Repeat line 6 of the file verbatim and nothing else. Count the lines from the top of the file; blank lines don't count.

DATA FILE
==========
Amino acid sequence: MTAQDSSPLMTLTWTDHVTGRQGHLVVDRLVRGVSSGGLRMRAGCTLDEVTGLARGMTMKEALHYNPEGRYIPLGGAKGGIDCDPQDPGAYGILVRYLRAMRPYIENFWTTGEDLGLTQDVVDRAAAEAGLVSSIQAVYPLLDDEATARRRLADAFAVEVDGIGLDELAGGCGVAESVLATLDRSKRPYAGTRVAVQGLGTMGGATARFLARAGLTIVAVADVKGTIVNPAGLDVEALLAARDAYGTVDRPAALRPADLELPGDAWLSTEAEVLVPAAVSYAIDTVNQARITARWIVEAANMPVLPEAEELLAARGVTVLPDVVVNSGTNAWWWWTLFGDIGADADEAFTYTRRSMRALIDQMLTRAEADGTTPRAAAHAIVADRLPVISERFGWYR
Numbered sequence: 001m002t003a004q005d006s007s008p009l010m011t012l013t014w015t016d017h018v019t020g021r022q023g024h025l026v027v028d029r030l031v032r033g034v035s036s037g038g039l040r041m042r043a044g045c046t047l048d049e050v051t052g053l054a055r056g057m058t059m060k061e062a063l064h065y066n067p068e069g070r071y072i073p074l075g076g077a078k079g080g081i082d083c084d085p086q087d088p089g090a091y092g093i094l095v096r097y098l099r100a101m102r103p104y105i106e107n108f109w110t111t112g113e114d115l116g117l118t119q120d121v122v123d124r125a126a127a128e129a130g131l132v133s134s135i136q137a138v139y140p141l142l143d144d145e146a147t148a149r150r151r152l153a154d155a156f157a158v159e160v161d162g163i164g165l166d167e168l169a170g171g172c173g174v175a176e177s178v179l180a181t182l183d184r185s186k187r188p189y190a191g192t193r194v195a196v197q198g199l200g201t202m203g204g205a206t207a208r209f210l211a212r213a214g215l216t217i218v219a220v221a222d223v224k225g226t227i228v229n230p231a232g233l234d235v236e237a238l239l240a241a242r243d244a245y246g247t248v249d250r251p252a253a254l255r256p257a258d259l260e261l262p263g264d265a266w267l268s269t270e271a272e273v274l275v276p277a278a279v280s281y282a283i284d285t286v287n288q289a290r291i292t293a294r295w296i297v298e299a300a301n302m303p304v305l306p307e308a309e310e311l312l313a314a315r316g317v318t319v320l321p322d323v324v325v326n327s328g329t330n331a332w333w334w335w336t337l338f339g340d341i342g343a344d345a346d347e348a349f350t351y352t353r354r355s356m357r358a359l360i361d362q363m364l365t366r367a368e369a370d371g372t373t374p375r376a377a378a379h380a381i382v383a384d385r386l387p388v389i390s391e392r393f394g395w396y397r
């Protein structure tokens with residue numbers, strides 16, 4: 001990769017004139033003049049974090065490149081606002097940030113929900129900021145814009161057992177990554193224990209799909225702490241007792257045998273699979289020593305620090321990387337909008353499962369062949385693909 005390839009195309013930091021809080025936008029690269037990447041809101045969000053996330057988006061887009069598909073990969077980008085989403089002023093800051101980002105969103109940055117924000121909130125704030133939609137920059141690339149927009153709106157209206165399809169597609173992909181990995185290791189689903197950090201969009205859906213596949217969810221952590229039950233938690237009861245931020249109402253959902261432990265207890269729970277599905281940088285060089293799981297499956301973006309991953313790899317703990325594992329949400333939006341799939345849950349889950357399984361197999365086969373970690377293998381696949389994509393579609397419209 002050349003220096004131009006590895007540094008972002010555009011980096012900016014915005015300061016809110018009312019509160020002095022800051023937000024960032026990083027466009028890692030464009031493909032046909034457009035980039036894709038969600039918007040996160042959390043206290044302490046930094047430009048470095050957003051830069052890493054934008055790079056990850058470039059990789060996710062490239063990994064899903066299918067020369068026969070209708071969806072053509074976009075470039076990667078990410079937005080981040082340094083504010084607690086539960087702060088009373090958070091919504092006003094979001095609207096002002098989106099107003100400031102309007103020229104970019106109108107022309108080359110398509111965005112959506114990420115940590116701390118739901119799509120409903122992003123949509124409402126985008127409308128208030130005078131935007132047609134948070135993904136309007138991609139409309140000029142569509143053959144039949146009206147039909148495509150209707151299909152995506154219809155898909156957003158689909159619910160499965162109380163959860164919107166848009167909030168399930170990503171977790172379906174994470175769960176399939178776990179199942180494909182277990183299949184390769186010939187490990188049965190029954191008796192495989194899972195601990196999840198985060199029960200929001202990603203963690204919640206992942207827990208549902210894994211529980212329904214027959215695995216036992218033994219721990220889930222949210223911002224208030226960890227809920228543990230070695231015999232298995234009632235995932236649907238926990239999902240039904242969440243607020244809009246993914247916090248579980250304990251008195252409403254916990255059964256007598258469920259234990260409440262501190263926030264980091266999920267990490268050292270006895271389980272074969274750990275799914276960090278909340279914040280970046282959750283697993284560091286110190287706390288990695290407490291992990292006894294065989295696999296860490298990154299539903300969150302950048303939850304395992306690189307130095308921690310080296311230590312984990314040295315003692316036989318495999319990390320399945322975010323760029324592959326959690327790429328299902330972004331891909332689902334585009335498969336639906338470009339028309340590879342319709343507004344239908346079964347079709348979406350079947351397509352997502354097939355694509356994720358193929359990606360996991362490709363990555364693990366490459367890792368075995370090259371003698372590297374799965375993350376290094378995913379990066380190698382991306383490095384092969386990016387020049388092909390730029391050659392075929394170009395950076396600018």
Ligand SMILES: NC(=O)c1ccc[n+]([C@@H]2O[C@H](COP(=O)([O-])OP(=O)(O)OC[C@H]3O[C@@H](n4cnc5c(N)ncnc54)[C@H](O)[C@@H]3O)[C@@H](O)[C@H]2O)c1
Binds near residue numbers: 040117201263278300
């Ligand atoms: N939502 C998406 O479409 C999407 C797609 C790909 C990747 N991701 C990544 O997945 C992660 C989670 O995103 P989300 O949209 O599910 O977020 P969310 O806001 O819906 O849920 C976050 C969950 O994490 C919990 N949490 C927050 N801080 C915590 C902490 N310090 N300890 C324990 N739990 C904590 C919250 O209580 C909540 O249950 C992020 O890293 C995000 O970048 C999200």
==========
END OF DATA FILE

């Ligand atoms: N939502 C998406 O479409 C999407 C797609 C790909 C990747 N991701 C990544 O997945 C992660 C989670 O995103 P989300 O949209 O599910 O977020 P969310 O806001 O819906 O849920 C976050 C969950 O994490 C919990 N949490 C927050 N801080 C915590 C902490 N310090 N300890 C324990 N739990 C904590 C919250 O209580 C909540 O249950 C992020 O890293 C995000 O970048 C999200």